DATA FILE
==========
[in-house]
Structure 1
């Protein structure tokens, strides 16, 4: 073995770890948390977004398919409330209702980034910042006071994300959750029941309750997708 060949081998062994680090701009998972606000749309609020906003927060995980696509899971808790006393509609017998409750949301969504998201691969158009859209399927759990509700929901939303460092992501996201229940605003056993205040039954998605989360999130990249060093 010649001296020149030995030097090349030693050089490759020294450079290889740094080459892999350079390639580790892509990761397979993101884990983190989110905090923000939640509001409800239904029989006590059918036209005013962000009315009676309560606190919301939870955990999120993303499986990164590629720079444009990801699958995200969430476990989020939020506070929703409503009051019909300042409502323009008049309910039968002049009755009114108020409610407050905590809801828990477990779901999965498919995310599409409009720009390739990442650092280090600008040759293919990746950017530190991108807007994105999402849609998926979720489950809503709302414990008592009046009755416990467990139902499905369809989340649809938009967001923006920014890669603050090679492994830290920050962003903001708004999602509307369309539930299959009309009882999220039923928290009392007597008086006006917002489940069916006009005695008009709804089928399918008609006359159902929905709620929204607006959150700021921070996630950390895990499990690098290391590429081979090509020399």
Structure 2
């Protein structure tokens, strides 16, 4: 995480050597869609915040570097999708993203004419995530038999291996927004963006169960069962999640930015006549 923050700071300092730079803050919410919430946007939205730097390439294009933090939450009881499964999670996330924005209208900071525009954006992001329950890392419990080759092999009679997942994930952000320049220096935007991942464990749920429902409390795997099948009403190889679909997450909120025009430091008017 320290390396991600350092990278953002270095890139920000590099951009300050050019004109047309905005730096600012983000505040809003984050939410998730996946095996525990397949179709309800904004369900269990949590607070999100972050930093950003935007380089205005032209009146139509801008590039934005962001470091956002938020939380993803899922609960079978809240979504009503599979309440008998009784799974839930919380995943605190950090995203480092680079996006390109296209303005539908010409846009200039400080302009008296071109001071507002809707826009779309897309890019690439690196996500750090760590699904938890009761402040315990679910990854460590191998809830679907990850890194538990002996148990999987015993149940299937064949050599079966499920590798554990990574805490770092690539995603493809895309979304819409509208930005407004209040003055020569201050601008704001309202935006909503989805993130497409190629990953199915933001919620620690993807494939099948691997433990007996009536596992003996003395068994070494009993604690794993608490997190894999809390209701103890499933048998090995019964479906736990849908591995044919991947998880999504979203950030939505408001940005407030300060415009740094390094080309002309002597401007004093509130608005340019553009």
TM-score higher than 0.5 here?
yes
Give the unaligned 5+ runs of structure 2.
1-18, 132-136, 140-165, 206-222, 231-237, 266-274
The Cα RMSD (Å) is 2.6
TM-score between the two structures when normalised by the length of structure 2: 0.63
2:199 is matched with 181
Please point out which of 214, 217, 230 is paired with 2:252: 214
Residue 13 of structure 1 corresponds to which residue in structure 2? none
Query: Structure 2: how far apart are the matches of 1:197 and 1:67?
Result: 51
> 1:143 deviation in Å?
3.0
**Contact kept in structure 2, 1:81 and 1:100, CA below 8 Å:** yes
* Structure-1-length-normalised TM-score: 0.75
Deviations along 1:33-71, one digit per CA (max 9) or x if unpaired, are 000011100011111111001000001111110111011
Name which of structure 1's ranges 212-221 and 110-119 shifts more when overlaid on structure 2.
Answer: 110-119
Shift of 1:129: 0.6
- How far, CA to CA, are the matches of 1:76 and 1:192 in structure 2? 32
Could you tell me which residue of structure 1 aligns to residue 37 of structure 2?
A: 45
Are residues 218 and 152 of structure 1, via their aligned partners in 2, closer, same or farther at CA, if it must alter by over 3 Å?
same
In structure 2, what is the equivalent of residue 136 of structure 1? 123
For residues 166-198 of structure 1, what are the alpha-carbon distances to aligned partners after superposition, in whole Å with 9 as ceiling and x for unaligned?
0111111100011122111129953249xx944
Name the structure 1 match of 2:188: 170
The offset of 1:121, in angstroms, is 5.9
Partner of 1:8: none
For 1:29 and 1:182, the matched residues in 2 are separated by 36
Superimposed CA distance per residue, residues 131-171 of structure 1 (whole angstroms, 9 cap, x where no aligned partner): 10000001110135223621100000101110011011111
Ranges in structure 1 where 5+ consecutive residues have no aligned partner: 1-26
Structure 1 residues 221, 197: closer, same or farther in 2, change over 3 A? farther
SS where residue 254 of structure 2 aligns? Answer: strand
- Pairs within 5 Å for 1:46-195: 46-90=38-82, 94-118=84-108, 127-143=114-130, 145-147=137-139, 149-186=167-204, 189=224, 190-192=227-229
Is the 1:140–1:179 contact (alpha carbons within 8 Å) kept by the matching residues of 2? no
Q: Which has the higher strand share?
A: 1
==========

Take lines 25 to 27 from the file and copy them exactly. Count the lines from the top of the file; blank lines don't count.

- How far, CA to CA, are the matches of 1:76 and 1:192 in structure 2? 32
Could you tell me which residue of structure 1 aligns to residue 37 of structure 2?
A: 45